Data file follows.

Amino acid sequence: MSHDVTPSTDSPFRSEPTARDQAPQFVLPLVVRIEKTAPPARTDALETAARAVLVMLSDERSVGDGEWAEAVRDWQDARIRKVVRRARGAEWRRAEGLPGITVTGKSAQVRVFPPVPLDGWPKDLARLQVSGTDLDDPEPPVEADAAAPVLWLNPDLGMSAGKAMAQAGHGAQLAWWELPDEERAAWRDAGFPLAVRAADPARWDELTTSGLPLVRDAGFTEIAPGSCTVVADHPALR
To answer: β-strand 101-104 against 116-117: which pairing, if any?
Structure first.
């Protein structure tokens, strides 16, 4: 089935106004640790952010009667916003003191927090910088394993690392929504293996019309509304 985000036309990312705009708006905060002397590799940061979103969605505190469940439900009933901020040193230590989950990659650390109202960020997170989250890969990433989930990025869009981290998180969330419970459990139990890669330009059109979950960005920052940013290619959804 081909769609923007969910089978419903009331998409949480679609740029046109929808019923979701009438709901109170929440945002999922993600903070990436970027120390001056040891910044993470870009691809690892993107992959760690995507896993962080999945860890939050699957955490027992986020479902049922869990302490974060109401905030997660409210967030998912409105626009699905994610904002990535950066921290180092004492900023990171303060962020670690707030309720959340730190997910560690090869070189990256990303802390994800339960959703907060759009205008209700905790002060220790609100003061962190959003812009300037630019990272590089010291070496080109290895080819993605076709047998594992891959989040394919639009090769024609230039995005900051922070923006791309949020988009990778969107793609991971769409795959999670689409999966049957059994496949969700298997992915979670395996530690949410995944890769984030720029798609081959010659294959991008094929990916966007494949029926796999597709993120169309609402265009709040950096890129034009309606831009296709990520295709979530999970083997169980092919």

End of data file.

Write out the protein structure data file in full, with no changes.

Amino acid sequence: MSHDVTPSTDSPFRSEPTARDQAPQFVLPLVVRIEKTAPPARTDALETAARAVLVMLSDERSVGDGEWAEAVRDWQDARIRKVVRRARGAEWRRAEGLPGITVTGKSAQVRVFPPVPLDGWPKDLARLQVSGTDLDDPEPPVEADAAAPVLWLNPDLGMSAGKAMAQAGHGAQLAWWELPDEERAAWRDAGFPLAVRAADPARWDELTTSGLPLVRDAGFTEIAPGSCTVVADHPALR
To answer: β-strand 101-104 against 116-117: which pairing, if any?
Structure first.
């Protein structure tokens, strides 16, 4: 089935106004640790952010009667916003003191927090910088394993690392929504293996019309509304 985000036309990312705009708006905060002397590799940061979103969605505190469940439900009933901020040193230590989950990659650390109202960020997170989250890969990433989930990025869009981290998180969330419970459990139990890669330009059109979950960005920052940013290619959804 081909769609923007969910089978419903009331998409949480679609740029046109929808019923979701009438709901109170929440945002999922993600903070990436970027120390001056040891910044993470870009691809690892993107992959760690995507896993962080999945860890939050699957955490027992986020479902049922869990302490974060109401905030997660409210967030998912409105626009699905994610904002990535950066921290180092004492900023990171303060962020670690707030309720959340730190997910560690090869070189990256990303802390994800339960959703907060759009205008209700905790002060220790609100003061962190959003812009300037630019990272590089010291070496080109290895080819993605076709047998594992891959989040394919639009090769024609230039995005900051922070923006791309949020988009990778969107793609991971769409795959999670689409999966049957059994496949969700298997992915979670395996530690949410995944890769984030720029798609081959010659294959991008094929990916966007494949029926796999597709993120169309609402265009709040950096890129034009309606831009296709990520295709979530999970083997169980092919």